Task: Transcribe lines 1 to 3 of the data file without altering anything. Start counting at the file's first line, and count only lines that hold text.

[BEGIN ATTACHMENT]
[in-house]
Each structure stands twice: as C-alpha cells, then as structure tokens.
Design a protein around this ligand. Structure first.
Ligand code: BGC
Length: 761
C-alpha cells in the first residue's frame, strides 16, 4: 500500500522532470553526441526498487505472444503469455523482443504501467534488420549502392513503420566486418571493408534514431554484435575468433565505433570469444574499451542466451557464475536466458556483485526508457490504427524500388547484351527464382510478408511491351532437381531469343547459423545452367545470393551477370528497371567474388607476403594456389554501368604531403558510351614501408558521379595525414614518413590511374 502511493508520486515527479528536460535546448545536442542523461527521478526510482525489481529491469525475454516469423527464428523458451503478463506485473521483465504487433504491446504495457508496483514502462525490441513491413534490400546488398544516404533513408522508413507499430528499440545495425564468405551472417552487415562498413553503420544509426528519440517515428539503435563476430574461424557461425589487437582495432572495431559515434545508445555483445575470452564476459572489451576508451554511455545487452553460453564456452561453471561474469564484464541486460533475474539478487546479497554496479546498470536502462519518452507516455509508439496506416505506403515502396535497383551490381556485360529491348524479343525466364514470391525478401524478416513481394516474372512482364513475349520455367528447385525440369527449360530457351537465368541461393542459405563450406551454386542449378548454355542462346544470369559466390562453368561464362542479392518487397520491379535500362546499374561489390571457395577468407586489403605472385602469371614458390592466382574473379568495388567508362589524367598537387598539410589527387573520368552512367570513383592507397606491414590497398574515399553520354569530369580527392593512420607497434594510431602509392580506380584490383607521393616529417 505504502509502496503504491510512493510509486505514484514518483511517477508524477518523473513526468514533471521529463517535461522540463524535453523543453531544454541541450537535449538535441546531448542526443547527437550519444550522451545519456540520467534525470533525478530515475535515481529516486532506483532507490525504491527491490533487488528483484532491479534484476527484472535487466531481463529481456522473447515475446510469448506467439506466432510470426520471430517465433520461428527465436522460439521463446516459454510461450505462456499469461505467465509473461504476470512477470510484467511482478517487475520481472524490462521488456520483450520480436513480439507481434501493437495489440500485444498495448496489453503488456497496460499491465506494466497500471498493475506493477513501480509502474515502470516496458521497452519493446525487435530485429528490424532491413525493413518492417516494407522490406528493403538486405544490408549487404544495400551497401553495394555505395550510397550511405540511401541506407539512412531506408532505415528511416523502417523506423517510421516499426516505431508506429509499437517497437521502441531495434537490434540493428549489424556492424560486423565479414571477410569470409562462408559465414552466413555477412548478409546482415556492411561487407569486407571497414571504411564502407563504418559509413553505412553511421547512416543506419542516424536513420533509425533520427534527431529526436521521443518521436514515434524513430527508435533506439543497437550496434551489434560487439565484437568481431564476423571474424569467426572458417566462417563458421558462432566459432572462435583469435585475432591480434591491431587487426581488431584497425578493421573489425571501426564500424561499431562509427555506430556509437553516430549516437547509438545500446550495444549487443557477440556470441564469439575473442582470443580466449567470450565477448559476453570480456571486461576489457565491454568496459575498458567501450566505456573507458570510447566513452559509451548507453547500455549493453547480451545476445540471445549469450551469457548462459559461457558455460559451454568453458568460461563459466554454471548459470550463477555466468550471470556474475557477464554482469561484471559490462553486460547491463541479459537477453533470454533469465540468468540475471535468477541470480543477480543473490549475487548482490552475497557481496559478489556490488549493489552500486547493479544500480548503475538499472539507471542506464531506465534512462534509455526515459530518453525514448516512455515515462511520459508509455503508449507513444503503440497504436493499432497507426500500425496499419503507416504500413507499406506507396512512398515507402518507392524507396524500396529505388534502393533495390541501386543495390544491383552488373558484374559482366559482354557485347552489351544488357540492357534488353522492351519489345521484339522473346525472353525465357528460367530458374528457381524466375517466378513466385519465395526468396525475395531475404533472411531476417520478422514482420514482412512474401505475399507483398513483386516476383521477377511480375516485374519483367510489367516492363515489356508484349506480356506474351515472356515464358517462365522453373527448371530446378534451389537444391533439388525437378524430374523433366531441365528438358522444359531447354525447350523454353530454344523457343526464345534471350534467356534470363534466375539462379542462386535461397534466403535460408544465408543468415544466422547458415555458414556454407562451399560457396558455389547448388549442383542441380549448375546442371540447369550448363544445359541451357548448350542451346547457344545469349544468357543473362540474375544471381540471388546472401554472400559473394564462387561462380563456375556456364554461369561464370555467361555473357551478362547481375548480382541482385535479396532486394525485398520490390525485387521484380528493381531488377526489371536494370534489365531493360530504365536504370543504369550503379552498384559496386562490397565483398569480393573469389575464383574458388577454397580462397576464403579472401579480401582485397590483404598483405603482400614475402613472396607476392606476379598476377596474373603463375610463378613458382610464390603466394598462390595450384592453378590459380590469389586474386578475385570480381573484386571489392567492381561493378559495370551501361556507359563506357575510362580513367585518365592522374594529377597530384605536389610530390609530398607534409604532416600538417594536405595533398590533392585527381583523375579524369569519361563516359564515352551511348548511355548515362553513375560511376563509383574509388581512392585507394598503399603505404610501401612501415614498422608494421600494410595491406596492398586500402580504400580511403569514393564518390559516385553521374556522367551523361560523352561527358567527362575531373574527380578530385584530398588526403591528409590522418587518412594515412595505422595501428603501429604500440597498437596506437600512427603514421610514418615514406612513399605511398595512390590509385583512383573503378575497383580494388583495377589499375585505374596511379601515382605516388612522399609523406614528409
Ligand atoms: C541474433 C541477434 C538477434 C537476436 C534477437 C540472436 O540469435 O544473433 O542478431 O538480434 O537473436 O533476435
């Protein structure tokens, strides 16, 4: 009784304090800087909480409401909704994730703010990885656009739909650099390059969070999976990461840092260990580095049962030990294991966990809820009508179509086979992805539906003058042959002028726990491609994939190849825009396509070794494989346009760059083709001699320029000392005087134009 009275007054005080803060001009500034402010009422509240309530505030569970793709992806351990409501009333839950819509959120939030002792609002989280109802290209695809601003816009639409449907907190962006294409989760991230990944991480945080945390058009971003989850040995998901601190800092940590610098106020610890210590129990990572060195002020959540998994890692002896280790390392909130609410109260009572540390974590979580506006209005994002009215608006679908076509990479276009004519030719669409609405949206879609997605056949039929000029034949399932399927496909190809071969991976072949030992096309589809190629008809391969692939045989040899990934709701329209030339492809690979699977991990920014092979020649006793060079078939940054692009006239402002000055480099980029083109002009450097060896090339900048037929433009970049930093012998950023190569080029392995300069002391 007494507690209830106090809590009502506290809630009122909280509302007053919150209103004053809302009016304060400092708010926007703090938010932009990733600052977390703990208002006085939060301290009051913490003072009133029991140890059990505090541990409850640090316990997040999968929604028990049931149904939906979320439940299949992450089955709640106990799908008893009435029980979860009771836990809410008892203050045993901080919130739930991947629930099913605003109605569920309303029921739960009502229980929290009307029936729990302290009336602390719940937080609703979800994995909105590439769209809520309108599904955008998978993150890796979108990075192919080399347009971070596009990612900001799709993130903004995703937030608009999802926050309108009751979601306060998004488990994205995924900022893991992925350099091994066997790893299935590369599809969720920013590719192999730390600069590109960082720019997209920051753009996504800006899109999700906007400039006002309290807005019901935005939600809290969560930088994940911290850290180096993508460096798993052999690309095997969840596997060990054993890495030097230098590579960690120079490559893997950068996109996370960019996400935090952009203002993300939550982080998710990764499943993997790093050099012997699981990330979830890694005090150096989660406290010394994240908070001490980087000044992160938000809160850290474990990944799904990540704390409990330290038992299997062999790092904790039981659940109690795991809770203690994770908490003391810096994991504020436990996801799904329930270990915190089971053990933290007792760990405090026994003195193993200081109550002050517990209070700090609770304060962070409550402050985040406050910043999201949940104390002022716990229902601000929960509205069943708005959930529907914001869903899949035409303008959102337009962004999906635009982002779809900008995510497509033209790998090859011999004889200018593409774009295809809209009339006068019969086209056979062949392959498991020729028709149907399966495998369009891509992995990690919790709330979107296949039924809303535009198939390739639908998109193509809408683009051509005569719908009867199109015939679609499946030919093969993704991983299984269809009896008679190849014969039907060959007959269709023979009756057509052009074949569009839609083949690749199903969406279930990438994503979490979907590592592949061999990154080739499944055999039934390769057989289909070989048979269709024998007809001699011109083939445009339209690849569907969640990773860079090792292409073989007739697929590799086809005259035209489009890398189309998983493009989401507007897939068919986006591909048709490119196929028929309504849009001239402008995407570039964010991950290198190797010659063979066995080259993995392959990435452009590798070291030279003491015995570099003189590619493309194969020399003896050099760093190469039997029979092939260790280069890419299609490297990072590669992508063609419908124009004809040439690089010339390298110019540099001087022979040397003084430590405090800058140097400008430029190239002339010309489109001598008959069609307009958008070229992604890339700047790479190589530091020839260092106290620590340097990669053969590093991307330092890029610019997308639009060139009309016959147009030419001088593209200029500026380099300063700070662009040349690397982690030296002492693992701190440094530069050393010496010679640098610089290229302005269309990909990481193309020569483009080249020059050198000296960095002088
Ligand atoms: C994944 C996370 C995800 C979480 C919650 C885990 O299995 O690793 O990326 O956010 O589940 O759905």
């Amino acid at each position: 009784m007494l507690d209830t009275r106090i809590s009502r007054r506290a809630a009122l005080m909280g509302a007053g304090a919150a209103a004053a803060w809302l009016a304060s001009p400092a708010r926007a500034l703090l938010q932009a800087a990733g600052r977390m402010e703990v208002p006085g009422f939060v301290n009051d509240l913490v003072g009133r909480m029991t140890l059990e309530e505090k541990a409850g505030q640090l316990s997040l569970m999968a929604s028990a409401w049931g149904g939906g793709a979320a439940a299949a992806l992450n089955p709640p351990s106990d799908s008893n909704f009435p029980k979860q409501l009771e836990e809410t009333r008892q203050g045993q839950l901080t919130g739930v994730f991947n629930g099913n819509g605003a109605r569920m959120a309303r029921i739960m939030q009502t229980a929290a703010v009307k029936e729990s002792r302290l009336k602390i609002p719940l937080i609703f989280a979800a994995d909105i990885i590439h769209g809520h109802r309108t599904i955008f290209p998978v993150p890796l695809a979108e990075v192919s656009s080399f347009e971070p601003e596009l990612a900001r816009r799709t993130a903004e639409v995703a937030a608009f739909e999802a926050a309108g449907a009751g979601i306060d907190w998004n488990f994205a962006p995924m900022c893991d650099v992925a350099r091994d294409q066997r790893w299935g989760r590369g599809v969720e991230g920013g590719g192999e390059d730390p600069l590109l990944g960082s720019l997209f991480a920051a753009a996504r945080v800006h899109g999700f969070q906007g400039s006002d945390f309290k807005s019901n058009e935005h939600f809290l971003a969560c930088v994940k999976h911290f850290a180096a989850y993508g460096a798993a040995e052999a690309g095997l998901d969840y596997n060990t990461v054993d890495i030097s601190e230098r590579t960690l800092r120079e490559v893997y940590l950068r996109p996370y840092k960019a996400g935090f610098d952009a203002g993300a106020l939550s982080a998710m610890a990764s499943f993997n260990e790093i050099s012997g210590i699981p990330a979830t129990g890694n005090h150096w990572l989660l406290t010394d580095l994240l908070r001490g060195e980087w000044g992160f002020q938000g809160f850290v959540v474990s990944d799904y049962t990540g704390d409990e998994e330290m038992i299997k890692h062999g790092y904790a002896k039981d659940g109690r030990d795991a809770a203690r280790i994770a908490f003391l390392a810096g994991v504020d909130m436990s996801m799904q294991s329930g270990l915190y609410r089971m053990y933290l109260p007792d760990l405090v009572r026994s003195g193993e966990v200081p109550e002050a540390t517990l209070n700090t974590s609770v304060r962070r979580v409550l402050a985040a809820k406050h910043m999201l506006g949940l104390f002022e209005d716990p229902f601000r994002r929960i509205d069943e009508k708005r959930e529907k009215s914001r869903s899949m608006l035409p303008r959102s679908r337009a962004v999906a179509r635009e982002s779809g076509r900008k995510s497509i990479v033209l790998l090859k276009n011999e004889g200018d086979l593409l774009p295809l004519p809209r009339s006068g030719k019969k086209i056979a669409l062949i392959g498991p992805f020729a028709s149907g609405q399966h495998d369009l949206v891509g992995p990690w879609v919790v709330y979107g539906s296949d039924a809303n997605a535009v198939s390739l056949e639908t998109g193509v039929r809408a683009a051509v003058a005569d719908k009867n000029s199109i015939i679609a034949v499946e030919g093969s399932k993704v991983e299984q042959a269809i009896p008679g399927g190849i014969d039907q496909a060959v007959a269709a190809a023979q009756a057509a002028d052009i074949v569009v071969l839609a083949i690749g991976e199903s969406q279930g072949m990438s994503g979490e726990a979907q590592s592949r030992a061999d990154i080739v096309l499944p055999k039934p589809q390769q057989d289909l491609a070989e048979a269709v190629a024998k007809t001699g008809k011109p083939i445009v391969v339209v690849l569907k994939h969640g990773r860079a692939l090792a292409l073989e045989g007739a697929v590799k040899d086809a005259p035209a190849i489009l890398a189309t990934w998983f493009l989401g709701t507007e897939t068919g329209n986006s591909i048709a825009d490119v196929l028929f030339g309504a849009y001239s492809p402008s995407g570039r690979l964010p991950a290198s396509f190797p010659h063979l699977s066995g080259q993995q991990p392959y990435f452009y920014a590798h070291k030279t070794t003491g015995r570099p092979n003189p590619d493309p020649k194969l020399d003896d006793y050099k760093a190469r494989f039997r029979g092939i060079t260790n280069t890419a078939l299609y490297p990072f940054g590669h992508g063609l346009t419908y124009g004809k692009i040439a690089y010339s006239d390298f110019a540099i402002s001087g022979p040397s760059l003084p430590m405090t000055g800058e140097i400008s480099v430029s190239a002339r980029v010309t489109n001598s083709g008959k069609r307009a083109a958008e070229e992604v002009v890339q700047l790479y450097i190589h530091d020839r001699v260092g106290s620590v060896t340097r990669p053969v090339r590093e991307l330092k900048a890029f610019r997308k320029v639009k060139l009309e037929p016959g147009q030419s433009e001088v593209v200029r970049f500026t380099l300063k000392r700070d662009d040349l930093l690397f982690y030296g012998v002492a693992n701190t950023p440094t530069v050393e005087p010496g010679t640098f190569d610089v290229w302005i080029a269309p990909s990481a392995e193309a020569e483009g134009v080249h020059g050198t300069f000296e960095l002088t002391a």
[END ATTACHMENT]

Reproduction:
[in-house]
Each structure stands twice: as C-alpha cells, then as structure tokens.
Design a protein around this ligand. Structure first.